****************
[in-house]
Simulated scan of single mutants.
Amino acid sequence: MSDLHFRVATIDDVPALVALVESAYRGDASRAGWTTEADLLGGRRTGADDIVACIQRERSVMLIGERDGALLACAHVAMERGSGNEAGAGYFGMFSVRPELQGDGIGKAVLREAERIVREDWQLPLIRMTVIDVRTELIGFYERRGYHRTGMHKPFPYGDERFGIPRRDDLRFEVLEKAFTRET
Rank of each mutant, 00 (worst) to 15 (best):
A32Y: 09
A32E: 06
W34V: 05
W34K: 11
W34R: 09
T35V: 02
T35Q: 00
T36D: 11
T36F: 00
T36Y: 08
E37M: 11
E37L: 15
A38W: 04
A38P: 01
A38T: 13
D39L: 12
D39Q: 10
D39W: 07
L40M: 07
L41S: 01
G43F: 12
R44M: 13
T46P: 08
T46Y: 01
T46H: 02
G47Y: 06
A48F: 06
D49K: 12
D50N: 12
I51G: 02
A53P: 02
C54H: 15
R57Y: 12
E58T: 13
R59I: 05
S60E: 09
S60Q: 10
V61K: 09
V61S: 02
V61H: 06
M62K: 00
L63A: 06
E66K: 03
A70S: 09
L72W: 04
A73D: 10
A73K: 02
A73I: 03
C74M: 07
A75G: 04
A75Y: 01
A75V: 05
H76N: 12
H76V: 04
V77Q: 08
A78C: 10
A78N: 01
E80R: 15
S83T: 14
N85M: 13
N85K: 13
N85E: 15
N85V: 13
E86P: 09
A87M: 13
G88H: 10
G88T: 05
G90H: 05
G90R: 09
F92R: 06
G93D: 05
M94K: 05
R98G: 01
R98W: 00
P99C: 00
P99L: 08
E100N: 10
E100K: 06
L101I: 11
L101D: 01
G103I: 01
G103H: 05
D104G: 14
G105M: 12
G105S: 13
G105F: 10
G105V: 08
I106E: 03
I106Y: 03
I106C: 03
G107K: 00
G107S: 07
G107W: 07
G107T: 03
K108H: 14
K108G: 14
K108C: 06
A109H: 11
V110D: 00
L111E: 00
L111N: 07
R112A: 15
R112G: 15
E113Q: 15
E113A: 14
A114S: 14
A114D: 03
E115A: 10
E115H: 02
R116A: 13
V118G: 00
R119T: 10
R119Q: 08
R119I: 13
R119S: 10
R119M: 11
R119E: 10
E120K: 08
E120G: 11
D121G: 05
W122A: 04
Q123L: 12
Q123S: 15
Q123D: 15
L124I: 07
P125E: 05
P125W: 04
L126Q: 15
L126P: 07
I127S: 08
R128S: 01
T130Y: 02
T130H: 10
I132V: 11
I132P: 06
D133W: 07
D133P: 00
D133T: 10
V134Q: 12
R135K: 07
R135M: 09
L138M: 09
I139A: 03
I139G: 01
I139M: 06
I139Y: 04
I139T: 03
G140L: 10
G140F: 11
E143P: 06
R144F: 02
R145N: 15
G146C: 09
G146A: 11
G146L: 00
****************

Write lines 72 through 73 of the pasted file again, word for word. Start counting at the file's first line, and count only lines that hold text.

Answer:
G90H: 05
G90R: 09